Coughlin & Gerhart LLP

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New York nurses’ concerns about surgical safety

On Behalf of | Dec 26, 2014 | Medical Malpractice

Two thousand nurses were surveyed to uncover the biggest concerns about job and patient safety, particularly in operating rooms. The survey was conducted in New York and across the country by Medline Industries Inc., the largest, privately-owned national distributor of over 350,000 medical products. Suppliers, manufacturers and health care professionals have good reasons to be worried about safety, in part to avoid medical malpractice liability.

Nurses pointed to three top events that compromised safety, all creating preventable patient injuries. At 65 percent, wrong-site surgery was the leading concern followed closely, at 63 and 60 percent respectively, by surgical site infections and retained surgical objects – objects left inside patients. More than one in four nurses surveyed also listed surgical pressure ulcers among priority safety issues.

The operating room nurses’ unease about wrong-site surgeries are justified by research. The Joint Commission Center for Transforming Healthcare reported that up to 40 wrong-site surgeries occurred weekly nationwide. The estimate includes wrong body locations, as well as wrong patient and wrong procedure mistakes.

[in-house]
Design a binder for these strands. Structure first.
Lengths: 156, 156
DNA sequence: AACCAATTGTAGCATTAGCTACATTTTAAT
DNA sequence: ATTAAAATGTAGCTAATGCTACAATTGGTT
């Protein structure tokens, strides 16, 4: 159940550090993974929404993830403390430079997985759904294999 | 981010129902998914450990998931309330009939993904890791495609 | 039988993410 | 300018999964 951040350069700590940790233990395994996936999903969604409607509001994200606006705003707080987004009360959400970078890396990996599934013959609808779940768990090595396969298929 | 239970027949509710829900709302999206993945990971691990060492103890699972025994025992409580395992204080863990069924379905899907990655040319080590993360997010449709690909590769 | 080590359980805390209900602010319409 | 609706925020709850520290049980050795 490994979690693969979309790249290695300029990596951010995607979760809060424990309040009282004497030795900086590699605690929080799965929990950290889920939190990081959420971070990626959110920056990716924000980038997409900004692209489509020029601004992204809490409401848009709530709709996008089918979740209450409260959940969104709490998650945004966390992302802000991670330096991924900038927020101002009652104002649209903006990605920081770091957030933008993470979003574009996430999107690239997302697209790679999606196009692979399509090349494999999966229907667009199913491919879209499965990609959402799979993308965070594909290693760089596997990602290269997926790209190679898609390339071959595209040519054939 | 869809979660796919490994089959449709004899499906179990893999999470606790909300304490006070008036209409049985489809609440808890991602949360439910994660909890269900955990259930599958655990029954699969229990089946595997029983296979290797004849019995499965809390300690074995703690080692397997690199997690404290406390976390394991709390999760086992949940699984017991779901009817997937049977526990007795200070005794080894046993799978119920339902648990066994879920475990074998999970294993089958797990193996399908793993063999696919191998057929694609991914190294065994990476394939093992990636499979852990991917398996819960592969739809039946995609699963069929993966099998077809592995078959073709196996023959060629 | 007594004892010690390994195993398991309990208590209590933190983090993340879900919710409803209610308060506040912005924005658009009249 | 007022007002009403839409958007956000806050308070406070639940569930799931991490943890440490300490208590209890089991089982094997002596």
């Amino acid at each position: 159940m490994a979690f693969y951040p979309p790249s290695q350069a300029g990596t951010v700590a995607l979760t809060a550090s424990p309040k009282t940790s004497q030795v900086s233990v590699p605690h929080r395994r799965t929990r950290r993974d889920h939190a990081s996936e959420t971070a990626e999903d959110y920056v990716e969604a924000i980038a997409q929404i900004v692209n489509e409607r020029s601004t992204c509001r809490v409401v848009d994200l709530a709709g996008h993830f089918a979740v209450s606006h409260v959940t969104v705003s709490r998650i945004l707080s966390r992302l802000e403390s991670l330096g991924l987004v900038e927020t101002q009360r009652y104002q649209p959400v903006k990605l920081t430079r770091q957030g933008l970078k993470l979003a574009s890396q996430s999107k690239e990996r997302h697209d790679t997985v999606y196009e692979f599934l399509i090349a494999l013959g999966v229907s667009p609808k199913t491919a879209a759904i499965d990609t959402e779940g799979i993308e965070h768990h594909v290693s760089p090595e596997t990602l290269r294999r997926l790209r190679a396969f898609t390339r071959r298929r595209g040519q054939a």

The commission director stated the adverse surgical incidents were “massively underreported.” A considerable number of wrong-site surgeries are the result of miscommunication and simple errors, starting as soon as the time a doctor orders surgery. Mistakes include scheduling errors and misinterpretation of surgeons’ words indicating an operating point, like left or right leg.

Surgical site infections are responsible for nearly one-third or up to 750,000 of all hospital patient infections, according to the Centers for Disease Control and Prevention. Avoidable infections account for a 40 percent rise in re-admissions. Risk reduction recommendations include timely administration of antibiotics and maintenance of normal patient temperatures.

Broome County patients don’t expect to be harmed while being healed. Victims of wrong-site surgeries and other adverse events may file legal claims against medical providers for negligence. Compensation can cover costs associated with pain and suffering, unnecessary medical bills and wage losses.


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